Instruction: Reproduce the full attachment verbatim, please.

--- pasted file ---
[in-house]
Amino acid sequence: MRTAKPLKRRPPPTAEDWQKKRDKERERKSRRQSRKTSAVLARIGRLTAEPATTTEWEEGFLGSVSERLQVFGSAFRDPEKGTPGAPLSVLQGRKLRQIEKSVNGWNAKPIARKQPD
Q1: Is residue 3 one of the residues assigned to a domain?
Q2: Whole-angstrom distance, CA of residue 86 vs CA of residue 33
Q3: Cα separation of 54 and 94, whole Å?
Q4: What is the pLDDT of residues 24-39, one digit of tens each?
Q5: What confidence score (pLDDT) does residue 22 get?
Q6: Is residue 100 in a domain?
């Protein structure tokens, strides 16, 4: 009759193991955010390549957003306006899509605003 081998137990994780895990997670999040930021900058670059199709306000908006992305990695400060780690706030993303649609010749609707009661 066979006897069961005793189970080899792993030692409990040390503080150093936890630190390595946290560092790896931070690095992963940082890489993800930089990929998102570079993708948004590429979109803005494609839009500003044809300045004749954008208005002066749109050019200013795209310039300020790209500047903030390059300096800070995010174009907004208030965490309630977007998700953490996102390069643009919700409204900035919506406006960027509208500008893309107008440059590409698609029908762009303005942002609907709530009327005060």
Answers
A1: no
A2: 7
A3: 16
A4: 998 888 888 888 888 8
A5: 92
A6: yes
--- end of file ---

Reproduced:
[in-house]
Amino acid sequence: MRTAKPLKRRPPPTAEDWQKKRDKERERKSRRQSRKTSAVLARIGRLTAEPATTTEWEEGFLGSVSERLQVFGSAFRDPEKGTPGAPLSVLQGRKLRQIEKSVNGWNAKPIARKQPD
Q1: Is residue 3 one of the residues assigned to a domain?
Q2: Whole-angstrom distance, CA of residue 86 vs CA of residue 33
Q3: Cα separation of 54 and 94, whole Å?
Q4: What is the pLDDT of residues 24-39, one digit of tens each?
Q5: What confidence score (pLDDT) does residue 22 get?
Q6: Is residue 100 in a domain?
């Protein structure tokens, strides 16, 4: 009759193991955010390549957003306006899509605003 081998137990994780895990997670999040930021900058670059199709306000908006992305990695400060780690706030993303649609010749609707009661 066979006897069961005793189970080899792993030692409990040390503080150093936890630190390595946290560092790896931070690095992963940082890489993800930089990929998102570079993708948004590429979109803005494609839009500003044809300045004749954008208005002066749109050019200013795209310039300020790209500047903030390059300096800070995010174009907004208030965490309630977007998700953490996102390069643009919700409204900035919506406006960027509208500008893309107008440059590409698609029908762009303005942002609907709530009327005060």
Answers
A1: no
A2: 7
A3: 16
A4: 998 888 888 888 888 8
A5: 92
A6: yes